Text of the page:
Unfortunately, when I opened this bar, I discovered that it had bloomed and the texture was definitely less-than-ideal--slightly grainy instead of the expected silky-smooth. Thus this became more a chocolate that I chewed instead of letting it sit on my tongue to melt. But having said that, the flavor is a pleasant surprise, with the cooling mint and roasty green tea coming in delightful wisps and tinges and surprisingly well-synced with the fruity notes of the chocolate itself.

Likelihood of Rebooking an Appointment: 7/10, though might adjust it higher/lower depending on if next bar's bloomed too.

Moonstruck's 68% Chile Variado Bar
Cost of Session: $4.25 for 3 oz. bar online, I got mine @ $3.99 in Portland

Physician Marketing: "A chocolate bar with a kick! We infuse our decadent dark chocolate with Ancho and Chipotle chiles, resulting in a bar that features a finishing hint of spice, just as chocolate was originally enjoyed."

Patient's Notes: I'm a lover of spicy chocolate (be it from chilies, ginger or even wasabi) so I'm always on the lookout for new varieties to try. This particular bar is a great one to try even for the heat-averse, with just a slight, lingery kick and a little roasty smokiness. The chilies also does a great job complementing the chocolate's aroma (strongly advise you rub the bar & have a sniff before taking a bite.) Finally, I love how incredibly smooth this bar is. Just let it sit in your mouth and let the mini-fireworks show commence on your tastebuds.

The only ever-so-minor demerit is that this is one whole bar (as opposed to sectioned off squares like the other two above) that makes portion controlling just a wee bit harder.

Likelihood of Rebooking an Appointment: 8/10, though I got this bar in Portland and doesn't seem likely I'll find it in a store in Southern California.

Friday, November 04, 2011

No. 207: Bruery Provisions (Orange)

As "dine/drink out" foodbloggers, we are almost always on the prowl for the new & exciting places to check out - be a restaurant that finally opened (after months prolonged anticipation due to permit-related delays), a food truck that's hitting the road or a pop-up featuring a guest chef and an eclectic menu.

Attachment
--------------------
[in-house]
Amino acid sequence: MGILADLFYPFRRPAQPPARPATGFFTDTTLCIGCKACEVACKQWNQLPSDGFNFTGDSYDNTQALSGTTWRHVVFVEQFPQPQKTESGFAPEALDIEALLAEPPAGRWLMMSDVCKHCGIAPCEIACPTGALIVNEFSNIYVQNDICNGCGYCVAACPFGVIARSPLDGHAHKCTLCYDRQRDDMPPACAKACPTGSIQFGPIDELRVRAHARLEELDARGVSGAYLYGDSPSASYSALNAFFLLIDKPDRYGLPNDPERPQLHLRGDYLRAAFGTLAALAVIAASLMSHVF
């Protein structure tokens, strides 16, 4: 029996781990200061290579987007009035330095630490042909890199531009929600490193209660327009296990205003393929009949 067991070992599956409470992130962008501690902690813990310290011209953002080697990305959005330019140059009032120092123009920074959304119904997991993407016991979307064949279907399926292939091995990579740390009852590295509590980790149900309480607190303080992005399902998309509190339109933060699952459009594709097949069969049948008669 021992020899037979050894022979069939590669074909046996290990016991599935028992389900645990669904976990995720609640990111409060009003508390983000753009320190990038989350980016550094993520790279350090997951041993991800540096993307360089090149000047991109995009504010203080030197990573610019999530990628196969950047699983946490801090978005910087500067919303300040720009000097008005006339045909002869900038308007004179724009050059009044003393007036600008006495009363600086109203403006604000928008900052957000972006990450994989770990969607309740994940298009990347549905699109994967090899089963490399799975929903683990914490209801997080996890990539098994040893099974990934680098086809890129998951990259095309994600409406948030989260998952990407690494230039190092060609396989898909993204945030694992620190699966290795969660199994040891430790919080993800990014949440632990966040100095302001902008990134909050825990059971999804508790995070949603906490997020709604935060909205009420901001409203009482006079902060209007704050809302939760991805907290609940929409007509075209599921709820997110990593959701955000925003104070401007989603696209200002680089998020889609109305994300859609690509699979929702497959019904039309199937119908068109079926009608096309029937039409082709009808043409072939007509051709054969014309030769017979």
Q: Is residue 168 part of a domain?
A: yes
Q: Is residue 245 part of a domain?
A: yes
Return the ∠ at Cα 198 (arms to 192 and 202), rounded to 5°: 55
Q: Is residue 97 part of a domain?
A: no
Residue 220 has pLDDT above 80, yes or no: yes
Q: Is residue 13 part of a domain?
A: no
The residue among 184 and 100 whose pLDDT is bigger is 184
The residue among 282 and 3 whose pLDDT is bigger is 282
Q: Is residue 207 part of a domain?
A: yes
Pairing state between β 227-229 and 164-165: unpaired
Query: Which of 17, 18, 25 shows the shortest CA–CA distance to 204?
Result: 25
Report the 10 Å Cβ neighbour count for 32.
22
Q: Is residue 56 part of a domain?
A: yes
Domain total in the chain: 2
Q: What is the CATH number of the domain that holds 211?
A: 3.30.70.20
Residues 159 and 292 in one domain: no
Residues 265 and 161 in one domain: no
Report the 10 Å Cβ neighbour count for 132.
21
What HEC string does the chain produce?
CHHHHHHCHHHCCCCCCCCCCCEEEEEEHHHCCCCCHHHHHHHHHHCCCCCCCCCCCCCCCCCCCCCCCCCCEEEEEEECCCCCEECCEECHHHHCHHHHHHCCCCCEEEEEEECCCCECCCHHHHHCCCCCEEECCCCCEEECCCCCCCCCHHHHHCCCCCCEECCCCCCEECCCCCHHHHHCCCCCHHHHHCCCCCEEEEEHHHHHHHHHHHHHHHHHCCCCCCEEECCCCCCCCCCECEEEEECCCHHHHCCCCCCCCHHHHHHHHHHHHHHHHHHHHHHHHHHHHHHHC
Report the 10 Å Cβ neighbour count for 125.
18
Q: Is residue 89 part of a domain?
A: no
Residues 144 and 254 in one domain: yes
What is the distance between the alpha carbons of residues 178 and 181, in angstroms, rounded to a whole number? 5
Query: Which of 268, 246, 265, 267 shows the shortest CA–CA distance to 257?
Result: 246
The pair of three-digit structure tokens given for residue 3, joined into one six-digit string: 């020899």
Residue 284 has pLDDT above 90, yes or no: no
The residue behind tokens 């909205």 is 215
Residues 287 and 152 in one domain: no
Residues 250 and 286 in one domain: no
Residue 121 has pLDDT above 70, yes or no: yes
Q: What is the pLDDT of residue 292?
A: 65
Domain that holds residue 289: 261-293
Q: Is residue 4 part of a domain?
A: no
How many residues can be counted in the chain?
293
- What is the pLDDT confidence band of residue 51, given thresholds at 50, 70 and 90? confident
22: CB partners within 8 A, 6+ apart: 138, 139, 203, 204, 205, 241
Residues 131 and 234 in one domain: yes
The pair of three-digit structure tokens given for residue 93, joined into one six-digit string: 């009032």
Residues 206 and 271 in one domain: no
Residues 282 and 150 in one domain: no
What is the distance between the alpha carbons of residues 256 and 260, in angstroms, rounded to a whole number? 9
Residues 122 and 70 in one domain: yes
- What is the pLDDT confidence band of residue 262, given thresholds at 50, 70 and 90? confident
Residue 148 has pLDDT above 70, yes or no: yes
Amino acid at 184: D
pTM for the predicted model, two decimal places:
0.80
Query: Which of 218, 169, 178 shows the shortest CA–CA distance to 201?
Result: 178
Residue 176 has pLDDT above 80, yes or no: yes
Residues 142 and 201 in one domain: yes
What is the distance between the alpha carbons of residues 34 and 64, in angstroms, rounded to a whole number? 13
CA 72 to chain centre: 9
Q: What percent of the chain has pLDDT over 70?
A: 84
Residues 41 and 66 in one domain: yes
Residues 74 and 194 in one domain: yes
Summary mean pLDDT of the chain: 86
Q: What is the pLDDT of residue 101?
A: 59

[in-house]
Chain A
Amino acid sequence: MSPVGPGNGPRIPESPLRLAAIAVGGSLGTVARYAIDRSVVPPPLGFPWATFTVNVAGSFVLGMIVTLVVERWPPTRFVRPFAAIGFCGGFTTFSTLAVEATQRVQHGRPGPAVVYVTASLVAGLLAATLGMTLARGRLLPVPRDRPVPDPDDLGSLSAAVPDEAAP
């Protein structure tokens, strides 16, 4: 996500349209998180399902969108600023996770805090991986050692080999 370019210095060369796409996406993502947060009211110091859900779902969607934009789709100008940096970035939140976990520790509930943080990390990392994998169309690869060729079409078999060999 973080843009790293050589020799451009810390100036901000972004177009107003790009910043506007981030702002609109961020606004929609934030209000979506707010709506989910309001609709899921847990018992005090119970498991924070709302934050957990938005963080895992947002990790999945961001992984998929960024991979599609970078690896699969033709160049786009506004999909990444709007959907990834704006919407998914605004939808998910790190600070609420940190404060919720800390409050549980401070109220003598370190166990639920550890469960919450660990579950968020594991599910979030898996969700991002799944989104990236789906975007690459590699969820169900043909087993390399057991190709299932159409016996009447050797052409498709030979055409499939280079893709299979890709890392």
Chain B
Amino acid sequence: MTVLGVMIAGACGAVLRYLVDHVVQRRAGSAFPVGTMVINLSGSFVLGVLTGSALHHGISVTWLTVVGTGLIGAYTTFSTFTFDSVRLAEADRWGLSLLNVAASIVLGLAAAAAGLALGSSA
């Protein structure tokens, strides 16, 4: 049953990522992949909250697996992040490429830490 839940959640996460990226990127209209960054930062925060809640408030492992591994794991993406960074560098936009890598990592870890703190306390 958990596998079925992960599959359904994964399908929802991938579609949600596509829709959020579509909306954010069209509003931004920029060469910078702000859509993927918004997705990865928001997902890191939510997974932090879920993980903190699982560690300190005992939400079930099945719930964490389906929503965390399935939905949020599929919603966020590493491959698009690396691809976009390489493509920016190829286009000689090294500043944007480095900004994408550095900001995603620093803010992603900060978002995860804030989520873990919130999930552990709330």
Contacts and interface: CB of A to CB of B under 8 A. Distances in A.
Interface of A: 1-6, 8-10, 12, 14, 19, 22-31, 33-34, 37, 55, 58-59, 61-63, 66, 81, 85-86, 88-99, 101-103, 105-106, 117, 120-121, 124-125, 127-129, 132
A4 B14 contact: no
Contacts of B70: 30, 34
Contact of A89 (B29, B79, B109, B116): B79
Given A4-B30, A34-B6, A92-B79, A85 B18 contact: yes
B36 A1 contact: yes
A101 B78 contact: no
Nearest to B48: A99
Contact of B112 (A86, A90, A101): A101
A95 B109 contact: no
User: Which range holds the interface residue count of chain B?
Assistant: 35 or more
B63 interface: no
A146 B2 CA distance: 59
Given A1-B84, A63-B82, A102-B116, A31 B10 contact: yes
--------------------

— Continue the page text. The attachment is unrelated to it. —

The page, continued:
And while it's great to constantly discover new gems in this ever-changing dining landscape, the big downside is that there are very few places where we can be regulars. And worse yet, sometimes we just overlook blogging about these favorite spots--whether because it lacks the razzle-dazzle of simply being new or maybe because we subconsciously want to keep it a lower-key hang out just for those in the know.

In any case, I'm going to try to make a bigger effort to blog about places that I perennially patronize. If anything, they are even more deserving of the shoutout since they are consistently dishing out the good stuff (as opposed to numerous new places where food and/or service goes downhill after a honeymoon phase.)

Bruery Provisions Collage
The first of these regular haunts that I'll highlight, Bruery Provisions in Old Town Orange - the more consumer-friendly space of the Placentia-based brewery that's great for beer enthusiasts who want to sample and learn a little more about crafty beers.

At Provisions, beers are served primarily in taster flights (four to five 2-3 oz. servings) -- which I love since I can sample a few different things at once and it keeps out the rowdy riff-raffs looking to get plastered off pints while screaming at a sports game (oh yeah, there's no TV here either.)

Beer Flight
Bruery's Specialty/Seasonal Flight (L to R: Humulus Wet, Rub-a-Dub-Dubbel, Snicklefritz, Autumn Maple and Oude Tart)

For those unfamiliar with Bruery beers at all, I highly recommend their $3 standard flight, featuring their five of their year-round beers like Saison Rue & Loakal Red. From there, move on to their $5 specialty flight that's constantly changing (and my usual go-to), sometimes it'll have seasonal releases like Autumn Maple, or it may be their limited-edition beers such as their anniversary series, or collaborative projects with other craft breweries or even home brewers.